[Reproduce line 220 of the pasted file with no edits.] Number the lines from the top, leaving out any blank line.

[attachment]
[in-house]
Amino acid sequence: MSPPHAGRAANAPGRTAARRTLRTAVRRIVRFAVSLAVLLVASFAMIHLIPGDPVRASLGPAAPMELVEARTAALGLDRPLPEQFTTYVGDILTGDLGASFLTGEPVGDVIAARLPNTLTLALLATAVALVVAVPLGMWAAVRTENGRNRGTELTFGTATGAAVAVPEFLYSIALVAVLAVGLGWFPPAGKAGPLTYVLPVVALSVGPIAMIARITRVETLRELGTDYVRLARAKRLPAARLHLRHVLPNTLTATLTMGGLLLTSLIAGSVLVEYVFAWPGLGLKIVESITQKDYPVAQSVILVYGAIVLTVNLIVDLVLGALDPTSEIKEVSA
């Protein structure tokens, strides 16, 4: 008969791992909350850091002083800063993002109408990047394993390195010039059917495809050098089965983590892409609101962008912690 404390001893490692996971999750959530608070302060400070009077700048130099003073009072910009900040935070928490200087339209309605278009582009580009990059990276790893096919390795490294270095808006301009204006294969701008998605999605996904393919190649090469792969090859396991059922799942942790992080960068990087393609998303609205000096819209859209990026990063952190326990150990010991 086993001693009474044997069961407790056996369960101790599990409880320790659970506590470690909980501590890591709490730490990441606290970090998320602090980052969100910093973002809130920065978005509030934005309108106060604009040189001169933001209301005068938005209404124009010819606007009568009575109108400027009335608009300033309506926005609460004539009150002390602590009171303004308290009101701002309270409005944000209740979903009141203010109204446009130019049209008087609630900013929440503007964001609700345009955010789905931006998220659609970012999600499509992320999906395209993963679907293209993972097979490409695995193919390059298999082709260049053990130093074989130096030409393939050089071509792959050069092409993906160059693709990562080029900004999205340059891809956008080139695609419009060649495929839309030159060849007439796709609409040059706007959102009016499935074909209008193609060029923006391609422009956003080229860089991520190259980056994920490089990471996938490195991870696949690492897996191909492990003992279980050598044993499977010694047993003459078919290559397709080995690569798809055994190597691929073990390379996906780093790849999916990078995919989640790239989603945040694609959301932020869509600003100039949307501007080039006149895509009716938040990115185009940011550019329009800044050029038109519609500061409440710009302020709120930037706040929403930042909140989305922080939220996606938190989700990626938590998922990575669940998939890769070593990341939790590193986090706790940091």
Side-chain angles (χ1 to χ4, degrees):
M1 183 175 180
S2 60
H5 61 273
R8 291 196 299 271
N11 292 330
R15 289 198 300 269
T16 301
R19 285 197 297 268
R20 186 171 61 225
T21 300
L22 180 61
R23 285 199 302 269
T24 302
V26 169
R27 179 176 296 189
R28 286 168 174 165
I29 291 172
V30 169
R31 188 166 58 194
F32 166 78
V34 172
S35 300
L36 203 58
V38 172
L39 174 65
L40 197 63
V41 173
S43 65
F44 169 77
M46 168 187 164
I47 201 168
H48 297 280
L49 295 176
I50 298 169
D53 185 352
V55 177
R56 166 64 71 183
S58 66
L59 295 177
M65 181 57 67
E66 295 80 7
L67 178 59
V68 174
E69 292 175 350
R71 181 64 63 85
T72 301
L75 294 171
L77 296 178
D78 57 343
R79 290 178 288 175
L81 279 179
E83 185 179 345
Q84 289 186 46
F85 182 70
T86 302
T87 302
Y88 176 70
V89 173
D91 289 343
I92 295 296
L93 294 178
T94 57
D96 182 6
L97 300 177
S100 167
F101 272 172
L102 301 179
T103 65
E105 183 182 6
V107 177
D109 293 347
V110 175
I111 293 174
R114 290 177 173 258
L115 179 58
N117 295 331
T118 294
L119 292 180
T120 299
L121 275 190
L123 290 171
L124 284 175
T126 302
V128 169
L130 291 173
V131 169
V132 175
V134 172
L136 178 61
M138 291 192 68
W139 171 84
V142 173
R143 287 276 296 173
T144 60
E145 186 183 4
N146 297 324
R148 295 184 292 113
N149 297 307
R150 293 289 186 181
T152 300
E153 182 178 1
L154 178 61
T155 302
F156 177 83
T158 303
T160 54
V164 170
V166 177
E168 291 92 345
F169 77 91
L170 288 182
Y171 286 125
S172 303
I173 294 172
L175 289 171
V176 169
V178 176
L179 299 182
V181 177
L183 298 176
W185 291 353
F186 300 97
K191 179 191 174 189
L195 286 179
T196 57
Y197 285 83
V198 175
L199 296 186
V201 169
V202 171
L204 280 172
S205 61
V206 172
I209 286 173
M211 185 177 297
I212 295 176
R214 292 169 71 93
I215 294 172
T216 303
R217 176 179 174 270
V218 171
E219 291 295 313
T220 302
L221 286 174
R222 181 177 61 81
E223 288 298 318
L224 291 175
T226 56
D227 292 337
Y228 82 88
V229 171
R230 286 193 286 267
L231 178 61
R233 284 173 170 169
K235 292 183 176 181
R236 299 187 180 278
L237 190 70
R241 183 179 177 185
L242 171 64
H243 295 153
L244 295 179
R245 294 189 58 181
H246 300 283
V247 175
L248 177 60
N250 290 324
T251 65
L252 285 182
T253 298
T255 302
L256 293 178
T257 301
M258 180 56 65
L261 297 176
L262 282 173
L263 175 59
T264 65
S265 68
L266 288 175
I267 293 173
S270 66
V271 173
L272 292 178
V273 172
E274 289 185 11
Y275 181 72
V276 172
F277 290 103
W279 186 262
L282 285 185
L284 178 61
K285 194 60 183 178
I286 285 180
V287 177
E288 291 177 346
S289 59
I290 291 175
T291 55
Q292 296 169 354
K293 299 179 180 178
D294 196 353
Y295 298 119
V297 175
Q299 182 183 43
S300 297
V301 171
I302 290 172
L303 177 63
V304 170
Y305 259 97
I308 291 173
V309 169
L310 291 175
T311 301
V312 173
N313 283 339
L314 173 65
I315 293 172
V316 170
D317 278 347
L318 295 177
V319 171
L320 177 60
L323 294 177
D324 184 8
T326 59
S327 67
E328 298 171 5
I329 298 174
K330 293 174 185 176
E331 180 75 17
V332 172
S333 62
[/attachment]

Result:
N313 283 339